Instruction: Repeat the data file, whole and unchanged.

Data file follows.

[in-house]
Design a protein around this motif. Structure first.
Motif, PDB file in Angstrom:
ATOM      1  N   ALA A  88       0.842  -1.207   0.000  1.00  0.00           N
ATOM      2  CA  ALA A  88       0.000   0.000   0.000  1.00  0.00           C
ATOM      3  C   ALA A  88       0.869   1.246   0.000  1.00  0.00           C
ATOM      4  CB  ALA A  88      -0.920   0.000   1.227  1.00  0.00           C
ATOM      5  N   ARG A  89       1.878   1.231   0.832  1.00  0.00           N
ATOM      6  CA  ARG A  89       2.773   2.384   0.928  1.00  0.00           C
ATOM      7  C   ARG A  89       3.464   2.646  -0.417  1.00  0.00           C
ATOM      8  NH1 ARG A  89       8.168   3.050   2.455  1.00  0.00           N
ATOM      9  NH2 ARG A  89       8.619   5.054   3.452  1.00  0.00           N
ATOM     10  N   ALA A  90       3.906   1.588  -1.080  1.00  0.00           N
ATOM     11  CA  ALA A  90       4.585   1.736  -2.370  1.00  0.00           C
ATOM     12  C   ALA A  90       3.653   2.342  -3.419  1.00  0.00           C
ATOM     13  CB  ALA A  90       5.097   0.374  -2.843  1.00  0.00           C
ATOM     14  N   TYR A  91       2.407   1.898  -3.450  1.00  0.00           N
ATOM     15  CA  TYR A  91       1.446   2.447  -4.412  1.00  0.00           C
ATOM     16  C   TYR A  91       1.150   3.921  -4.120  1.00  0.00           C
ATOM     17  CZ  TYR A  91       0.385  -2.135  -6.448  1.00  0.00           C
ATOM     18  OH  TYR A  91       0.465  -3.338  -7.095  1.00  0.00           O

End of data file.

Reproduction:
[in-house]
Design a protein around this motif. Structure first.
Motif, PDB file in Angstrom:
ATOM      1  N   ALA A  88       0.842  -1.207   0.000  1.00  0.00           N
ATOM      2  CA  ALA A  88       0.000   0.000   0.000  1.00  0.00           C
ATOM      3  C   ALA A  88       0.869   1.246   0.000  1.00  0.00           C
ATOM      4  CB  ALA A  88      -0.920   0.000   1.227  1.00  0.00           C
ATOM      5  N   ARG A  89       1.878   1.231   0.832  1.00  0.00           N
ATOM      6  CA  ARG A  89       2.773   2.384   0.928  1.00  0.00           C
ATOM      7  C   ARG A  89       3.464   2.646  -0.417  1.00  0.00           C
ATOM      8  NH1 ARG A  89       8.168   3.050   2.455  1.00  0.00           N
ATOM      9  NH2 ARG A  89       8.619   5.054   3.452  1.00  0.00           N
ATOM     10  N   ALA A  90       3.906   1.588  -1.080  1.00  0.00           N
ATOM     11  CA  ALA A  90       4.585   1.736  -2.370  1.00  0.00           C
ATOM     12  C   ALA A  90       3.653   2.342  -3.419  1.00  0.00           C
ATOM     13  CB  ALA A  90       5.097   0.374  -2.843  1.00  0.00           C
ATOM     14  N   TYR A  91       2.407   1.898  -3.450  1.00  0.00           N
ATOM     15  CA  TYR A  91       1.446   2.447  -4.412  1.00  0.00           C
ATOM     16  C   TYR A  91       1.150   3.921  -4.120  1.00  0.00           C
ATOM     17  CZ  TYR A  91       0.385  -2.135  -6.448  1.00  0.00           C
ATOM     18  OH  TYR A  91       0.465  -3.338  -7.095  1.00  0.00           O